Egyptians headed to the polls on Wednesday to choose the first president since the removal of former president Hosni Mubarak, passing a milestone in the country’s march toward civilian rule after more than 15 months of turmoil.
Queues formed outside polling stations long before they opened at 08:00 am (0600 GMT), with voters in festive mood.
The historic presidential election, contested by Islamists and secularists promising radically different futures for the country, is the final phase of a tumultuous transition overseen by the ruling military council.
The contest is a novelty for a nation where elections during the 30-year rule of a man some called “Pharaoh” were thinly attended rigmaroles in which the result was a foregone conclusion.
This time Egypt’s 50 million eligible voters are expected to turn out in force to determine who will lead the country after the generals who have overseen a transition marred by violence, protests and political deadlock formally hand over by July 1.
The next president will inherit a struggling economy, deteriorating security and the challenge of uniting a nation divided by the uprising and its sometimes deadly aftermath, but his powers are yet to be defined by a new constitution.
Among the contenders is former foreign minister and Arab League chief Amr Moussa, who is seen as an experienced politician and diplomat but like Ahmed Shafiq, Mubarak’s last prime minister, is accused of belonging to the old regime
The powerful Muslim Brotherhood’s candidate Mohammed Mursi faces competition from Abdul Moniem Abul Fotouh, a former member of the Islamist movement who portrays himself as a consensus choice with a wide range of support. Also among the top contenders in the presidential race is leftist opposition leader Hamdeen Sabbahi.
A weekly survey published in the state-run al-Ahram newspaper has put Moussa in first place. At the same time, other polls have given the top spot to Abul Fotouh and Shafiq.
The election caps a rollercoaster transition, marked by political upheaval and bloodshed, but which also witnessed democratic parliamentary elections that saw Islamist groups score a crushing victory.
On Tuesday, ballot boxes were being distributed to the 13,000 polling stations around the country. Voting will take place over two days, according to AFP.
No outright winner is expected to emerge from the two-day vote, so a runoff is scheduled for June 16-17 between the two top contenders.
Candidates have been campaigning across the country for weeks in an unprecedented democratic exercise made possible by the early 2011 revolt.
A ban on campaign-related activities, laid down by the Supreme Presidential Election Commission for 48 hours before the vote, did little to dim excitement in the capital, as an army vehicle rumbled through Tahrir Square — the epicenter of protests that toppled Mubarak — urging Egyptians to vote.
“Rise, Egyptian; Egypt is calling you,” the soldier shouted through a loudspeaker, borrowing the lyrics from a popular nationalist song by iconic composer Sayyed Darwish.
The ruling Supreme Council of the Armed Forces (SCAF), in power since Mubarak’s ouster, repeated its earlier calls for Egyptians to turn out en masse to the polls, while warning against any “violation.”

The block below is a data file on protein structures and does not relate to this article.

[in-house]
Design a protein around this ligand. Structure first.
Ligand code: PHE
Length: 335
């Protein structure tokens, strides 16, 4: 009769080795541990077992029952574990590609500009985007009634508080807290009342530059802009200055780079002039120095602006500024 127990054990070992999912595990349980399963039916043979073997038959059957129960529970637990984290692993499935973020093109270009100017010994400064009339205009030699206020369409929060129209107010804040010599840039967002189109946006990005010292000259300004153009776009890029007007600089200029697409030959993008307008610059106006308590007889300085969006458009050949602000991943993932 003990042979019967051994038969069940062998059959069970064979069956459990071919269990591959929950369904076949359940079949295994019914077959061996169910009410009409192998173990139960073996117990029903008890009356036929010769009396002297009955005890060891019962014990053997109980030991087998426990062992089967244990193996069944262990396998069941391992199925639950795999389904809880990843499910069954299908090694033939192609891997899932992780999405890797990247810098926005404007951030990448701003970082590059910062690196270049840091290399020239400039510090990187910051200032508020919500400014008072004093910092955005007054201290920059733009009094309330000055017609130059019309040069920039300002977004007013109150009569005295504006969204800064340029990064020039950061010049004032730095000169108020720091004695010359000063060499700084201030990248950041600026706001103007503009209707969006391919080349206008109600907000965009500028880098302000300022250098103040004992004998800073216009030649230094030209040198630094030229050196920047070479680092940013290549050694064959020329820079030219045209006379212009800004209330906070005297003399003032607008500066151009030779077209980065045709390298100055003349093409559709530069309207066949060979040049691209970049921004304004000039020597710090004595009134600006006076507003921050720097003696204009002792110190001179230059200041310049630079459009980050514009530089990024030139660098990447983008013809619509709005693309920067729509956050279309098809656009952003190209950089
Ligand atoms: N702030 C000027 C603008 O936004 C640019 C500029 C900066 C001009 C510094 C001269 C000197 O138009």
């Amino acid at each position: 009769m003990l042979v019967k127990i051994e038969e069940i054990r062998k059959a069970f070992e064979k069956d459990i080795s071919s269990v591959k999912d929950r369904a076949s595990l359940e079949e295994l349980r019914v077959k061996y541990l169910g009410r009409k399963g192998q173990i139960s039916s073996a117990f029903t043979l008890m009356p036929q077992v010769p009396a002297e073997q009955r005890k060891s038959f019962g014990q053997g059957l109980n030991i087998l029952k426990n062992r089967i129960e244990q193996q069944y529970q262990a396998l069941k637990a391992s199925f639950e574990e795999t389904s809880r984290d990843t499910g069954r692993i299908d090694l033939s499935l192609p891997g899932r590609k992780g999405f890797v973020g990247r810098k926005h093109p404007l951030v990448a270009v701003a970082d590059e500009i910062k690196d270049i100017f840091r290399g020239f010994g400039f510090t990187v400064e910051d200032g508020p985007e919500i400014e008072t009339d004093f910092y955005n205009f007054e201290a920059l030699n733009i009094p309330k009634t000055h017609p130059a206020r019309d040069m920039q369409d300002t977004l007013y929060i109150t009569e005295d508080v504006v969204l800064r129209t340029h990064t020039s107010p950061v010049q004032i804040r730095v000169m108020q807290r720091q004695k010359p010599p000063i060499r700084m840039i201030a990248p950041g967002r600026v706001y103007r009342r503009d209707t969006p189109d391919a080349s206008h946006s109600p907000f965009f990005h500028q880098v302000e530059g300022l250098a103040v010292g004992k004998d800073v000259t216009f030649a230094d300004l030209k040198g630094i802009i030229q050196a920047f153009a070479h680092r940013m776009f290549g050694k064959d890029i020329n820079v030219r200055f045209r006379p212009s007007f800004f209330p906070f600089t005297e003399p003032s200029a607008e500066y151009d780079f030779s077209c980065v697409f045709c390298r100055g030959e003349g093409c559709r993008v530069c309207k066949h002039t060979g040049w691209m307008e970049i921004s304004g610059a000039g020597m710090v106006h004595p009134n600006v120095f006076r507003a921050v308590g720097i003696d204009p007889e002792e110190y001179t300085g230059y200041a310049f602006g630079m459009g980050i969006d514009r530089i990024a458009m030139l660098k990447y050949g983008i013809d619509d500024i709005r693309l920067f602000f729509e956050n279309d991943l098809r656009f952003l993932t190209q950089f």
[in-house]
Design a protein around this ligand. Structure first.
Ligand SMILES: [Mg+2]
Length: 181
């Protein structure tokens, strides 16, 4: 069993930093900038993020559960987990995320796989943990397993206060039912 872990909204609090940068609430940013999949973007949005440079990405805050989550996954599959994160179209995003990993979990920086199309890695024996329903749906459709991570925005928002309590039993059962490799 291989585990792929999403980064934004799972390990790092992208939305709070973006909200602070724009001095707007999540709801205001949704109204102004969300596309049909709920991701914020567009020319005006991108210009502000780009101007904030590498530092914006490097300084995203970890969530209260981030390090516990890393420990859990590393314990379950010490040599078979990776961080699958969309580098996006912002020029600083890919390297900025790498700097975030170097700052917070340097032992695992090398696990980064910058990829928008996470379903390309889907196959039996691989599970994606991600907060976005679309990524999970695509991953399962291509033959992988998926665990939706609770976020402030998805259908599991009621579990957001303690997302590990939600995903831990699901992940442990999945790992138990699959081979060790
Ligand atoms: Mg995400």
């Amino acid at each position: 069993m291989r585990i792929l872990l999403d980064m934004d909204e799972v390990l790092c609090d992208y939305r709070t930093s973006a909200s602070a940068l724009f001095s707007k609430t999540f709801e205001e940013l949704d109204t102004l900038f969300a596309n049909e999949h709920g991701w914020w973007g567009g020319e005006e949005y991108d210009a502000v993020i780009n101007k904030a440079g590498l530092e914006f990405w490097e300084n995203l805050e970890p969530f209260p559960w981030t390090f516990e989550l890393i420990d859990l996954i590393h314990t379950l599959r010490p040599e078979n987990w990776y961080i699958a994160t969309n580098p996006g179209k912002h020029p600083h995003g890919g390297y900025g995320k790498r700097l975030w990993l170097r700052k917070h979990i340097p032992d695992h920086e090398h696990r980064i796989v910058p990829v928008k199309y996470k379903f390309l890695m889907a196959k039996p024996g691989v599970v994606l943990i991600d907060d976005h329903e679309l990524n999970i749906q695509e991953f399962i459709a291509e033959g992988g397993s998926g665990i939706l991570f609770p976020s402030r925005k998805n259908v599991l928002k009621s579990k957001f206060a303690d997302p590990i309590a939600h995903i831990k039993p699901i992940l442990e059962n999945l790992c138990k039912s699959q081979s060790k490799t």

“The participation of citizens in the presidential election is the best guarantee of the transparency and security of the electoral process,” Mohammed al-Assar, a member of the SCAF, was quoted as saying by state news agency MENA.
“We will not allow any violation or (attempt) to influence the electoral process or the voters,” he added, saying that any person who broke the law would be treated “firmly and decisively.”
The SCAF has vowed to hand power to civilian rule by the end of June, after a president is elected, but many fear its retreat will be just an illusion.
The army, with its vast and opaque economic power, wants to keep its budget a secret by remaining exempt from parliamentary scrutiny, maintain control of military-related legislation and secure immunity from prosecution.
“Of course I will vote. I want change. We can’t stay in this messy situation for the rest of our lives,” Wael Azmy, an accountant, who has taken Wednesday off work to give him time to join the queues he expects to form outside polling stations, told Reuters.
Mubarak, 84 and ailing, may watch the election from a military hospital on the outskirts of Cairo as he awaits the verdict of his murder trial on June 2.
The former strongman is accused of involvement in the killing of some 850 protesters during the uprising and of corruption.
According to pollsters, the large number of voters undecided between candidates reflecting radically different trends and the novelty of a free presidential vote make Wednesday’s election almost impossible to call.
The West, long wary of Islamists, and Israel, worried about its 33-year-old peace treaty with Egypt, are watching to see if proponents of political Islam add to their gains after sweeping most seats in a parliamentary vote that ended in January.
Many Gulf states are equally concerned about who will lead the regional heavyweight after their long-time ally Mubarak was ousted.
Under pressure from Washington, his key ally and financial sponsor, to open up politics, Mubarak in 2005 staged Egypt’s first multi-candidate presidential race. But rules barred any realistic challenge to him. Another vote had been due in 2011 but he was toppled by a popular uprising before that.
(Additional writing by Abeer Tayel)